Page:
Over the past few years, advances in ancient DNA extraction have fueled a lot of debate over whether scientists can—or should—resurrect the woolly mammoth from extinction. Interestingly enough, these very same advances have simultaneously shed light on what edged out mammoths out at the tail end of the last glacial period some 10,000 years ago.
Human activity has long been indicted in the extinction of Pleistocene megafauna (animals weighing over 45 kilograms, or about 100 pounds). But according to a comprehensive new study published this week in Science, the most dominant factor in the fall of these massive animals wasn't over-hunting or habitat encroachment. It was climate change, specifically global warming.
Indeed, the authors of the study, led by paleogenetics specialist Alan Cooper, note that periods of global cooling did little to affect Pleistocene ecosystems, while warming periods disrupted them completely.
"We compare[d] ancient DNA and radiocarbon data from 31 detailed time series of regional megafaunal extinctions/replacements over the past 56,000 years with standard and new combined records of Northern Hemisphere climate in the Late Pleistocene," the team writes.
"Unexpectedly, rapid climate changes associated with interstadial warming events are strongly associated with the regional replacement/extinction of major genetic clades or species of megafauna," the paper continues.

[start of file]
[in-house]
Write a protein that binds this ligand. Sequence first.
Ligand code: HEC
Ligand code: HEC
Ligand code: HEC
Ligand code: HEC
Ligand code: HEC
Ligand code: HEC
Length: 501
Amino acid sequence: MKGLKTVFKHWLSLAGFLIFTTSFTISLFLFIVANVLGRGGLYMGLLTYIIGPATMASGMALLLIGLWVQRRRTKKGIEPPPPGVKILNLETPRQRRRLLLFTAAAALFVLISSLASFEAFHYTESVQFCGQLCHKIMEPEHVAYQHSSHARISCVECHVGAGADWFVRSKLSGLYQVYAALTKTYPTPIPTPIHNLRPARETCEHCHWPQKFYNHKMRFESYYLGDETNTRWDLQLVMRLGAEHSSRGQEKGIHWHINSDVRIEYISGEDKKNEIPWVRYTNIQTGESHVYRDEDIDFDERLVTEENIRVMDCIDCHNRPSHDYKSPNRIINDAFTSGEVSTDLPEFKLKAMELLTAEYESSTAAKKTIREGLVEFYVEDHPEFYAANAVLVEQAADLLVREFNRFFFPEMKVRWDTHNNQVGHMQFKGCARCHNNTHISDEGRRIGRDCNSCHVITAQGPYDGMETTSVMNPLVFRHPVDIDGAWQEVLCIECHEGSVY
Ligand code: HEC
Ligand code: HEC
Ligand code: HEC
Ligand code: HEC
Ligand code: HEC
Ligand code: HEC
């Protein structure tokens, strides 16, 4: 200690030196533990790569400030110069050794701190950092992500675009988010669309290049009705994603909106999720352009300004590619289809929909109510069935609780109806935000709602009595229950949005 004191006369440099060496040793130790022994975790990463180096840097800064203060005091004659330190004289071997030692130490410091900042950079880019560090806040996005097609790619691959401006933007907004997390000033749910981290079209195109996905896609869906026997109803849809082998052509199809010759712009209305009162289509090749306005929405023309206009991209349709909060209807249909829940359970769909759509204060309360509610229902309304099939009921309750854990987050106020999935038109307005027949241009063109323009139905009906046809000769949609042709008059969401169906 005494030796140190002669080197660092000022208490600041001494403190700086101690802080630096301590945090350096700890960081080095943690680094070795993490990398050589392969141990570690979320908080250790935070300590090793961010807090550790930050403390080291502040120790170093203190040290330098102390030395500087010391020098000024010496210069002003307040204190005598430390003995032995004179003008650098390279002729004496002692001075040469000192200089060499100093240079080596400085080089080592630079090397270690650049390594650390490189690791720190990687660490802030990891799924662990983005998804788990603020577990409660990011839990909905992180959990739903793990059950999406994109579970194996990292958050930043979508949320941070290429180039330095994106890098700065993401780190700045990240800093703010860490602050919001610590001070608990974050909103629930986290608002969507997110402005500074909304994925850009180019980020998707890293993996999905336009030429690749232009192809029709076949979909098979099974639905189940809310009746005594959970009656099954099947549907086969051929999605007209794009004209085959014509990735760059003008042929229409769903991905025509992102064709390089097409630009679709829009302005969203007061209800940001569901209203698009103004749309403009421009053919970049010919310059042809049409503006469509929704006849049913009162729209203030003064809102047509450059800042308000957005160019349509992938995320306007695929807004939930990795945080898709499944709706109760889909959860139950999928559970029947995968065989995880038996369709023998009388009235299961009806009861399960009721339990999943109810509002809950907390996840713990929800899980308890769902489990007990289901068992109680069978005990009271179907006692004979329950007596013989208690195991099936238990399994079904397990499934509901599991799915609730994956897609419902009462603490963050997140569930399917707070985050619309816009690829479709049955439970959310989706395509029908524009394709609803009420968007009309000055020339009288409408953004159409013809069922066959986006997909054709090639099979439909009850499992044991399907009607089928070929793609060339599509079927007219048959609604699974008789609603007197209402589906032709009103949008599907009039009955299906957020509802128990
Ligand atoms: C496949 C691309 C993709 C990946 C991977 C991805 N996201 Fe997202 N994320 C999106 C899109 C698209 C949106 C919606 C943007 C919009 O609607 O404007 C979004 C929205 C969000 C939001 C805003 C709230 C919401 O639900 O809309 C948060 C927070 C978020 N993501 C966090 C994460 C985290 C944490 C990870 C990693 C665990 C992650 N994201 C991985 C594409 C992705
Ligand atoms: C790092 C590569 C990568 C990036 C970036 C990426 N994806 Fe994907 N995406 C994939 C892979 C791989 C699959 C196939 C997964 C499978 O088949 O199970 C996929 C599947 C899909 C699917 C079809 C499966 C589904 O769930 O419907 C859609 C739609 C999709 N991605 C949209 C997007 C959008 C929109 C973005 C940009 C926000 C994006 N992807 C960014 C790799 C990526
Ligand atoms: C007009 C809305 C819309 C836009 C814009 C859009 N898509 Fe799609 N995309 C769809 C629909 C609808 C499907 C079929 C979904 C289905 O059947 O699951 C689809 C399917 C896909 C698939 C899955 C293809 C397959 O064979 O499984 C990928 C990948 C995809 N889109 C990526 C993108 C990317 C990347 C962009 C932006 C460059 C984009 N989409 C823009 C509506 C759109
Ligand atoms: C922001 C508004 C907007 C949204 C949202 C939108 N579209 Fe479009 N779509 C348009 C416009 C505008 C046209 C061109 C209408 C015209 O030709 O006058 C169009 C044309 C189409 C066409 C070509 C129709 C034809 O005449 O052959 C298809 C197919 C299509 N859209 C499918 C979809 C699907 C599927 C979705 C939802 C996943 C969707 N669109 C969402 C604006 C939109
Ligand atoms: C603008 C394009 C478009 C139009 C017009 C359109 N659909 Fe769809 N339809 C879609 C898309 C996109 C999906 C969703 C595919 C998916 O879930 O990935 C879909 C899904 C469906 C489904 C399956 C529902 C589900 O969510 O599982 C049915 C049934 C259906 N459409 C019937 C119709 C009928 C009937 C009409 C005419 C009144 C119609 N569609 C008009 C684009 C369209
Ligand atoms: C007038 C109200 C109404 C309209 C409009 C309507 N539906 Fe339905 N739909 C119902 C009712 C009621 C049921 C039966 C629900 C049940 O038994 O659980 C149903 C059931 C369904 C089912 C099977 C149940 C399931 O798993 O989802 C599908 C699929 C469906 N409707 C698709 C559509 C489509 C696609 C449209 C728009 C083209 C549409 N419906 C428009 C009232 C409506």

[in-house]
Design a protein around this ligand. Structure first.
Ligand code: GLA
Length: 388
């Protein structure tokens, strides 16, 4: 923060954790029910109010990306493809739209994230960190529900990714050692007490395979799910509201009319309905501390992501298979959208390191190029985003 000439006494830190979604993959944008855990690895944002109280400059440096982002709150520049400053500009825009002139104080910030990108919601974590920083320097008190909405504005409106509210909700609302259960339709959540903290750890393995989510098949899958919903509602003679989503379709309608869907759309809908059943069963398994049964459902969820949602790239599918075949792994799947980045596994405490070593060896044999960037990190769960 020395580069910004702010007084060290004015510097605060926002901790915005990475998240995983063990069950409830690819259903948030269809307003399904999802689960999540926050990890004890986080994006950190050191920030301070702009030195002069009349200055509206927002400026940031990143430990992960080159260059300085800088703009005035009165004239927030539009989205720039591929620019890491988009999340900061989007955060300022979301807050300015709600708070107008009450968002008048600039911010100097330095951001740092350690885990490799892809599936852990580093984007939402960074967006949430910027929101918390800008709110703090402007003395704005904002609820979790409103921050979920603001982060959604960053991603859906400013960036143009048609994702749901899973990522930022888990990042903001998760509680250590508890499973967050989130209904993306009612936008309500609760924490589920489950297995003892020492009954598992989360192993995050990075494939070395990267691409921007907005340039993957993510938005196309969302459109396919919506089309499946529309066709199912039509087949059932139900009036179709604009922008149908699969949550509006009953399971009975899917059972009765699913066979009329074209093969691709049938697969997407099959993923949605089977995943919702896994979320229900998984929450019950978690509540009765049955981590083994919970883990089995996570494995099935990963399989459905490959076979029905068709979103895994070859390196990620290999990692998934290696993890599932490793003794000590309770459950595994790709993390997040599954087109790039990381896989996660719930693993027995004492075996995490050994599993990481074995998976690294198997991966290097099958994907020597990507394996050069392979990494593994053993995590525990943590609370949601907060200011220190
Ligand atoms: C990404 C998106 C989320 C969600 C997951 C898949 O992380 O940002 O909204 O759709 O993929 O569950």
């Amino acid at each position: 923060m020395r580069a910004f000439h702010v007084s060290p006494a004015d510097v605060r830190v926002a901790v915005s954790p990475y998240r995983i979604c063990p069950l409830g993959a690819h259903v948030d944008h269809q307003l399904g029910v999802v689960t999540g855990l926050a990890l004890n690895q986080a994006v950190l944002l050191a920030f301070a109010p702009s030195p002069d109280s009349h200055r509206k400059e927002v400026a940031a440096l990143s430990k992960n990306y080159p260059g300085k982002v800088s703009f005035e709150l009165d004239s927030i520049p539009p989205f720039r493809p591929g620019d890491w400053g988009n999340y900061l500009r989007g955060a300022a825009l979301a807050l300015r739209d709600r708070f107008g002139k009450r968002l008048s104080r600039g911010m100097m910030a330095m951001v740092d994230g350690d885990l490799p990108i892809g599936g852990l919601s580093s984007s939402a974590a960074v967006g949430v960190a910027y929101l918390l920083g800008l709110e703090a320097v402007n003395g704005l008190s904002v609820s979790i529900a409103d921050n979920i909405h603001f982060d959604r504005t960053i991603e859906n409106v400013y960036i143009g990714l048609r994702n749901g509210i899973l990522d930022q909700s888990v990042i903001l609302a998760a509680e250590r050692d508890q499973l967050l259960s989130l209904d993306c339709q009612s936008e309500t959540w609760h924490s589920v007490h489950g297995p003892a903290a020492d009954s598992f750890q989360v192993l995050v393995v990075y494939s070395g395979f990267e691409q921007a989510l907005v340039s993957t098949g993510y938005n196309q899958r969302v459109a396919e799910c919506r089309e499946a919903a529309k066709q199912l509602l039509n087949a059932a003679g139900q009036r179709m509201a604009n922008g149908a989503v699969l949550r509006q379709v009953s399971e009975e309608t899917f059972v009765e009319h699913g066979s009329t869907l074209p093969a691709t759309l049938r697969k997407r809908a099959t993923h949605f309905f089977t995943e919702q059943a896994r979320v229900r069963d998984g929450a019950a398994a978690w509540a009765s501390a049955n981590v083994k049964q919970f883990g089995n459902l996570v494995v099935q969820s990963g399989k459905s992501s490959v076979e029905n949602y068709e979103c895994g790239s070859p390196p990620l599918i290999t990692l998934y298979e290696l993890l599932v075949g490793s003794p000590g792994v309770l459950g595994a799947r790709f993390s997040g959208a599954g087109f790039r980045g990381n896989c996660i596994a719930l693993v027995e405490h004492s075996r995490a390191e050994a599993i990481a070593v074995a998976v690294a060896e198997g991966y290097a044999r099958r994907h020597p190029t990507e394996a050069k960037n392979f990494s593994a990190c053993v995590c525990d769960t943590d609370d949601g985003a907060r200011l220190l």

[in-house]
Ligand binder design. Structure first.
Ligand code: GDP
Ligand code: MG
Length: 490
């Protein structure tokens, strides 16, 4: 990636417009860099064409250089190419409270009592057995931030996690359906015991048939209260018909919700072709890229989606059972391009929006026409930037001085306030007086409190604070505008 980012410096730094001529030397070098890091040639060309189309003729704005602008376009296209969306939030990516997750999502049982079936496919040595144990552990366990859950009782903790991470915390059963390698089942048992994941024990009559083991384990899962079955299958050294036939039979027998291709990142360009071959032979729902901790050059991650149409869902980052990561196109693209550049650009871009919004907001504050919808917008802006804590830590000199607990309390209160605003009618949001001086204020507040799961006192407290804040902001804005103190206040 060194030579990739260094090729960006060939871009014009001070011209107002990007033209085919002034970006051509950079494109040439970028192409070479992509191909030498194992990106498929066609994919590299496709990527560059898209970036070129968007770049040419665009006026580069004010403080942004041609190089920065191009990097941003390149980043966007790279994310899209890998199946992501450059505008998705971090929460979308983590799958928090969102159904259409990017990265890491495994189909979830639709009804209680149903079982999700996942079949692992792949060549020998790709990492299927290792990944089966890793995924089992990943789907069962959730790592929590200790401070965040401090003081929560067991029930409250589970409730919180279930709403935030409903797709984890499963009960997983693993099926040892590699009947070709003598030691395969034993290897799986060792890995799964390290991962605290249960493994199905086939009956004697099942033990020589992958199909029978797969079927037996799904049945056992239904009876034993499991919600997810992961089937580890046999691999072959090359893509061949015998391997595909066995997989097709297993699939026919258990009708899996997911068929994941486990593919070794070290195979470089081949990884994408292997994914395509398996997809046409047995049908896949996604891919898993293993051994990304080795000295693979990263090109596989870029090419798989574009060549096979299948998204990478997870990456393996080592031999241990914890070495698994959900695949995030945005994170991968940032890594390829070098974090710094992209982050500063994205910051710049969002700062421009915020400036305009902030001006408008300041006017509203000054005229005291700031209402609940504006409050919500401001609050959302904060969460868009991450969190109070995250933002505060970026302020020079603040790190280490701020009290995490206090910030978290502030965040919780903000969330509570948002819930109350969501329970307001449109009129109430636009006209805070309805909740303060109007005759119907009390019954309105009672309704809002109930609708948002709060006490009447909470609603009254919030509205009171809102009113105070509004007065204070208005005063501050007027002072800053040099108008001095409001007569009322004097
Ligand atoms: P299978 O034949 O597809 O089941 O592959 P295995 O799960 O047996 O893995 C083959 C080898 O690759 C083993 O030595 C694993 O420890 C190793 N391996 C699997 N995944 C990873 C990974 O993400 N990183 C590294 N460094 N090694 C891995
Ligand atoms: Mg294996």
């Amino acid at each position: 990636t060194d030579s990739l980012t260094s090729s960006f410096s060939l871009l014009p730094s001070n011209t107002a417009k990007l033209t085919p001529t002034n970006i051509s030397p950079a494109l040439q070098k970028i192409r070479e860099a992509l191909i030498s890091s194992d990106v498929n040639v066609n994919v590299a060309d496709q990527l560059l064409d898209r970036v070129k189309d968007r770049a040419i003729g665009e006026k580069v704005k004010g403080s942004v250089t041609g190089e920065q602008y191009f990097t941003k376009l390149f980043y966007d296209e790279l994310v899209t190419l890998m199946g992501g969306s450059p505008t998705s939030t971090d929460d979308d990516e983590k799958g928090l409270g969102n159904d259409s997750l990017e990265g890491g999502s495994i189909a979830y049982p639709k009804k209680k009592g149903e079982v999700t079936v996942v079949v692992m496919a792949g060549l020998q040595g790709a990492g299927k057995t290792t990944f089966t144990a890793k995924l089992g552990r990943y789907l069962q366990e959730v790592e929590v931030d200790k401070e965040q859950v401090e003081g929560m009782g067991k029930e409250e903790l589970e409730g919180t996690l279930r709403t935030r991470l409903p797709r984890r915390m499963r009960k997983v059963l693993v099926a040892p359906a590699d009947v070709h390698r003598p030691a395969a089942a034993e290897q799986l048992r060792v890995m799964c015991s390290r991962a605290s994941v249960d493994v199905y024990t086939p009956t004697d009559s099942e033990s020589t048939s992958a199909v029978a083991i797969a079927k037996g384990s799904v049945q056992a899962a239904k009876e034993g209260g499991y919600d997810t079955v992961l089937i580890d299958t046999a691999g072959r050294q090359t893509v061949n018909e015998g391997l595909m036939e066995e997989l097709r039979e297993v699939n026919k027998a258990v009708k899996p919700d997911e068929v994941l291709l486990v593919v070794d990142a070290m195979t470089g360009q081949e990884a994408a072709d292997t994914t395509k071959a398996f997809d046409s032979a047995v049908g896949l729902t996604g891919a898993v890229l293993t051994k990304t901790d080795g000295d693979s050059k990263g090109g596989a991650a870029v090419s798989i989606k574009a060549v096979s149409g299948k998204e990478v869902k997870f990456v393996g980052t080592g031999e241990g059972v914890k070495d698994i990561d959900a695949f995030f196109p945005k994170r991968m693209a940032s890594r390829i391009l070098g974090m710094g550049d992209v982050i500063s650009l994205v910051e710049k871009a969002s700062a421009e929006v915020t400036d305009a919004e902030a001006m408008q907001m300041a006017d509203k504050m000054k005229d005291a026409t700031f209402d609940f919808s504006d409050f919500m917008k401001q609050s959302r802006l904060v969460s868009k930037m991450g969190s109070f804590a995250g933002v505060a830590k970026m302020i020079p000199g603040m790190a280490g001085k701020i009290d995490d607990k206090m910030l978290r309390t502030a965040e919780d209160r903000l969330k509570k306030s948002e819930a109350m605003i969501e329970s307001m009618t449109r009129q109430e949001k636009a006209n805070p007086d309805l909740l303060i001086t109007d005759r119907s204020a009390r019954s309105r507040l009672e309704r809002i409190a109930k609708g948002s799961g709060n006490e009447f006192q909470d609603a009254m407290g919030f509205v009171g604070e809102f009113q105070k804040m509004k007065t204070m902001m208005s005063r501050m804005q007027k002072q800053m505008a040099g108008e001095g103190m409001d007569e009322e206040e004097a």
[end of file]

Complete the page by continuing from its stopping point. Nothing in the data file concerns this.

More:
In other words, lining up 56,000 years worth of climate data alongside genetic transitions in the fossil record exposed a clear correlation between periods of global warming and mass population upheaval in megafauna.
There's no doubt that human activity still contributed to the decline of these large animals by placing additional environmental pressures on them. But Cooper's team cited many examples of climate-change-driven extinction that occurred in the absence of any human activity, while also pointing out that "several taxa (e.g., mammoth) go extinct on the mainland of Eurasia considerably later than that of the New World, despite a much longer exposure to human hunting."
As co-author Chris Turney put it, "the abrupt warming of the climate caused massive changes to the environment that set the extinction events in motion, but the rise of humans applied the coup de grâce to a population that was already under stress."
The team's findings provide yet another wakeup call about the disastrous ecological consequences of climate change, especially global warming. "Even without the presence of humans we saw mass extinctions," said Cooper in a statement. "When you add the modern addition of human pressures and fragmenting of the environment to the rapid changes brought by global warming, it raises serious concerns about the future of our environment."
In other words, before scientists commit to reviving these long-dead creatures from extinction, it's worth considering whether we can offer them—or ourselves—a safe, stable habitat for the future.